The company's founder finds himself back at the helm with plans to keep pushing forward with services like RealPlayer Cloud and Rhapsody.
After less than four hours of deliberation, the jury in the class action antitrust case finds Apple not guilty of anticompetitive conduct almost a decade ago.
The jury hears closing arguments in a class action case about the decisions made almost a decade ago to limit competitors' access to Apple's iPod.
In a taped deposition shown in antitrust court Friday, Apple's late CEO argued that record label contracts and security holes were the company's primary concern.
Six months before he died, Apple's co-founder and CEO gave a video deposition for a lawsuit over the iPod. The plaintiffs' lawyers refuse to release the video, even though it was shown at the trial on Friday.
In a trial questioning Apple's use of software updates, iTunes chief Eddy Cue says they were necessary because hackers wanted to break apart the company's digital-music ecosystem.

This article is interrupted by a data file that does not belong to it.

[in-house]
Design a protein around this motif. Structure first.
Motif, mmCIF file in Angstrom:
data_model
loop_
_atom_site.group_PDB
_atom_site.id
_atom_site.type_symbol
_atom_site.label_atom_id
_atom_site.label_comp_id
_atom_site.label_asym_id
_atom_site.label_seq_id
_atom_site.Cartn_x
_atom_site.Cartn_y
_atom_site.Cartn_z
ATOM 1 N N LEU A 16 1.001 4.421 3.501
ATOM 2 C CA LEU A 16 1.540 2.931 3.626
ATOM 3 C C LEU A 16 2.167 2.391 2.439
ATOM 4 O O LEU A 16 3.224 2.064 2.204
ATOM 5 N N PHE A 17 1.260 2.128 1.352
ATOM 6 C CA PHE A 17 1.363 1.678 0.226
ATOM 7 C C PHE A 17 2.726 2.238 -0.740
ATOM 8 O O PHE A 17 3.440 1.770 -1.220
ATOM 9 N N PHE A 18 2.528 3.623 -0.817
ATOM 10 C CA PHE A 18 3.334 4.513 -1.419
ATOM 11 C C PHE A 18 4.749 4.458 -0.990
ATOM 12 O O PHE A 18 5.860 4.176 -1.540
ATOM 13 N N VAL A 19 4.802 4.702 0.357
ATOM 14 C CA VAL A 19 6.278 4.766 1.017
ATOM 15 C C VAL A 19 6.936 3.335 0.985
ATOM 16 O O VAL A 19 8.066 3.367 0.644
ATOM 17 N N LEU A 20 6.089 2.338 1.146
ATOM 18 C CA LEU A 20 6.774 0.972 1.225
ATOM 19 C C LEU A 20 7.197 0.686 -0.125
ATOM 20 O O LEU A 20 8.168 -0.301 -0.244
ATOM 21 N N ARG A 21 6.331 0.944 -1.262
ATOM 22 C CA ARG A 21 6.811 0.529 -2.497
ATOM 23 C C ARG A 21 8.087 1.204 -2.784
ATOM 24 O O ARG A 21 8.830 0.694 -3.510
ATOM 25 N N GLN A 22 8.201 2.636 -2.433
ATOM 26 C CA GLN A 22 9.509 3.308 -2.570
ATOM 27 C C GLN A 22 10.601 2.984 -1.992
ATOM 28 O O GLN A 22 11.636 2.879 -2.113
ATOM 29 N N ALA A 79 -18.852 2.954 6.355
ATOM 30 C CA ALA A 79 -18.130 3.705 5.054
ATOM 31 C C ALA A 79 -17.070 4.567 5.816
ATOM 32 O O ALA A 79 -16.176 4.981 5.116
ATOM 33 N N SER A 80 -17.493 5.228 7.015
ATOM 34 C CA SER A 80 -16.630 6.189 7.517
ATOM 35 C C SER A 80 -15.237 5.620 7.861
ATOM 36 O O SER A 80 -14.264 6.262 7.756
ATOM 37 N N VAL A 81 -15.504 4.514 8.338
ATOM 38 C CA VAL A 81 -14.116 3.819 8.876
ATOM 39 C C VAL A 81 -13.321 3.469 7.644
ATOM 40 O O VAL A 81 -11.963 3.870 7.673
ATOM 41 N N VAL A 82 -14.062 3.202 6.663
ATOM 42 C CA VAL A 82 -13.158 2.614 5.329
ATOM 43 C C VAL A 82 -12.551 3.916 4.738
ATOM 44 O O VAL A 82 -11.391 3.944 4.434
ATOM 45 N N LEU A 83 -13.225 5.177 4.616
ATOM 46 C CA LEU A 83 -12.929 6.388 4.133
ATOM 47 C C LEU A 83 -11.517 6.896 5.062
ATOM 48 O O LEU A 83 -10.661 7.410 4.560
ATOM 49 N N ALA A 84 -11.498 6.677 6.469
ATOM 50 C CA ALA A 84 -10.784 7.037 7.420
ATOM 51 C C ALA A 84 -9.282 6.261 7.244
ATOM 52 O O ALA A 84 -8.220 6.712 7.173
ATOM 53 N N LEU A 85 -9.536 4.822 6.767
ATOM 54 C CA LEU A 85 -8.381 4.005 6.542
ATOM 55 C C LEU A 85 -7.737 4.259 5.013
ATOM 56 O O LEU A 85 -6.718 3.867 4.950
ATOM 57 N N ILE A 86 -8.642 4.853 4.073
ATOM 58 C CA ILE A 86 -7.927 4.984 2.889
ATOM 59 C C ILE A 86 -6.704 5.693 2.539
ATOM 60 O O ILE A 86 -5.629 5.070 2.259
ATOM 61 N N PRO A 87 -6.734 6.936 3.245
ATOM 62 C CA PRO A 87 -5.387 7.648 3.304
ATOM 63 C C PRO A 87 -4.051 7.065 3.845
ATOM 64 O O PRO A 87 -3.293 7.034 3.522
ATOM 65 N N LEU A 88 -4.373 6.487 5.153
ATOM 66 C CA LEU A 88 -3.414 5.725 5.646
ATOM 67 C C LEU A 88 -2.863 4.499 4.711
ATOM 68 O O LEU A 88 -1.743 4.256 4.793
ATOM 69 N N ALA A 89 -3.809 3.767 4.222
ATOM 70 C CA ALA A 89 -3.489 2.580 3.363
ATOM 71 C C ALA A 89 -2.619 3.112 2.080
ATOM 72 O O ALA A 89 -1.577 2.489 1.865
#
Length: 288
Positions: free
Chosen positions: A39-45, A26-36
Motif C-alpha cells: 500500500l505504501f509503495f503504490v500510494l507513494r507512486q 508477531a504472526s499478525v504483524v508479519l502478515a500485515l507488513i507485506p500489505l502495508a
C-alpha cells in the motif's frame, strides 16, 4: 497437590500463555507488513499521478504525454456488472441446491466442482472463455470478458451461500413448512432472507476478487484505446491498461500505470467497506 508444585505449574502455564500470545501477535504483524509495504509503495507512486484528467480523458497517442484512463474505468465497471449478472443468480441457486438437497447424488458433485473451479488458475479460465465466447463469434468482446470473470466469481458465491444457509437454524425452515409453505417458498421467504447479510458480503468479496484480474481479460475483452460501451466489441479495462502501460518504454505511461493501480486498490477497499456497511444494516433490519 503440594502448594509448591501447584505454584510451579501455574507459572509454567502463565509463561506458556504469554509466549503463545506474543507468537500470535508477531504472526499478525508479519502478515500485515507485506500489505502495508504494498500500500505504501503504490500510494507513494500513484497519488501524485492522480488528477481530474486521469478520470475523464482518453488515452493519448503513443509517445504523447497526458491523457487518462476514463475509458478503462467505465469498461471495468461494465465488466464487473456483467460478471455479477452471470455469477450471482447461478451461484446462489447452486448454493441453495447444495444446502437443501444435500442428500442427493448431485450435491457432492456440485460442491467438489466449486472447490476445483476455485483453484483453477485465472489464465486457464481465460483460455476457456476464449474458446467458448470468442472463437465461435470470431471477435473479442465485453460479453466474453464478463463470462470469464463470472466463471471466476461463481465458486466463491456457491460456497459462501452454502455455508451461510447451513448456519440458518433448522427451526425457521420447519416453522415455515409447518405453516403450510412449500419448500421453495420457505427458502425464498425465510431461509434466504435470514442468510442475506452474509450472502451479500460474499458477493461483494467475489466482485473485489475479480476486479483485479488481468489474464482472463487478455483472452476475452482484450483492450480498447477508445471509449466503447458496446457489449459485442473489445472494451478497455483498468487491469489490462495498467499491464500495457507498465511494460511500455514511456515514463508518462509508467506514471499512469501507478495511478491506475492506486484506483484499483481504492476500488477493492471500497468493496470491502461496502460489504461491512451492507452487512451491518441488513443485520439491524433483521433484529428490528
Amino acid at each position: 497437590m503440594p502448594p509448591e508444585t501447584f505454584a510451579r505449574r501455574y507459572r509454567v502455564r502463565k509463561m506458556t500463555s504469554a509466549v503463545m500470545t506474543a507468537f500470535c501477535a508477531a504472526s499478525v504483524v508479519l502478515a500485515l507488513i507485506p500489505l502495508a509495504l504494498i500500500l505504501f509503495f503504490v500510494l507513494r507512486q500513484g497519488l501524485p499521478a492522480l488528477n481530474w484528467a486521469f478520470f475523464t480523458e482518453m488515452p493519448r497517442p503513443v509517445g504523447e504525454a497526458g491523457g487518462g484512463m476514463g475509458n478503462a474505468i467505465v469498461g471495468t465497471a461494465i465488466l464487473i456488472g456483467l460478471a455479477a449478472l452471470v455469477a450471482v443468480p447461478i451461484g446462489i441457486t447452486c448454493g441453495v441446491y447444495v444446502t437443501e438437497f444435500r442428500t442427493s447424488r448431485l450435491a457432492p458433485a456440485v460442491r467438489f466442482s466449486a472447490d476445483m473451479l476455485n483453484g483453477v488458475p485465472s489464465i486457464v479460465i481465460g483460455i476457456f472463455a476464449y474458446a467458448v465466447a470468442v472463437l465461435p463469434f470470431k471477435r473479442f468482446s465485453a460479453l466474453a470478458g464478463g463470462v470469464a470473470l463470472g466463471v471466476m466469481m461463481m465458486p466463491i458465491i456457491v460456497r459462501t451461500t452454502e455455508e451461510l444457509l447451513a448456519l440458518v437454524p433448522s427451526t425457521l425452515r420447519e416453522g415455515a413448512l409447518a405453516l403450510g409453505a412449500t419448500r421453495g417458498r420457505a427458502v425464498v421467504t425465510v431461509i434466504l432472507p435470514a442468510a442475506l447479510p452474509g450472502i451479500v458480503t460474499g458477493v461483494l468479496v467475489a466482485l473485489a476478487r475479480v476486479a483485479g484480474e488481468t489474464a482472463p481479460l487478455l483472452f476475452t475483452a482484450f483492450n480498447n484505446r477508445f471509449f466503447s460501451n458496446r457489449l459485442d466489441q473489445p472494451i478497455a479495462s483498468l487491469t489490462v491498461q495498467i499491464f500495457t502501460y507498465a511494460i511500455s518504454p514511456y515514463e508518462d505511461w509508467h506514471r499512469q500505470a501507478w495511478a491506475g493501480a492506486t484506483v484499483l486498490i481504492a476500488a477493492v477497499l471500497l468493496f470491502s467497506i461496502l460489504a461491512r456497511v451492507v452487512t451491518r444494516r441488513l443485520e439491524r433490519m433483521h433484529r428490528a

The trial kicks off to determine whether Apple illegally used iTunes software updates to keep consumers locked in its digital music ecosystem.
Some consumers accused Apple of unfairly boosting iPod prices because it banned music from services other than the iTunes store. They're asking for $350 million, and even Steve Jobs will make an appearance in court, via taped deposition.
The streaming-music forefather, often overshadowed by flashier rivals like Spotify or Apple's Beats Music, says growth is gangbusters enough to revive the position of CEO after a four-year absence.
First round of layoffs -- about 7 percent of the company's workforce -- is part of the online media company's plan to cut $45 million in expenses.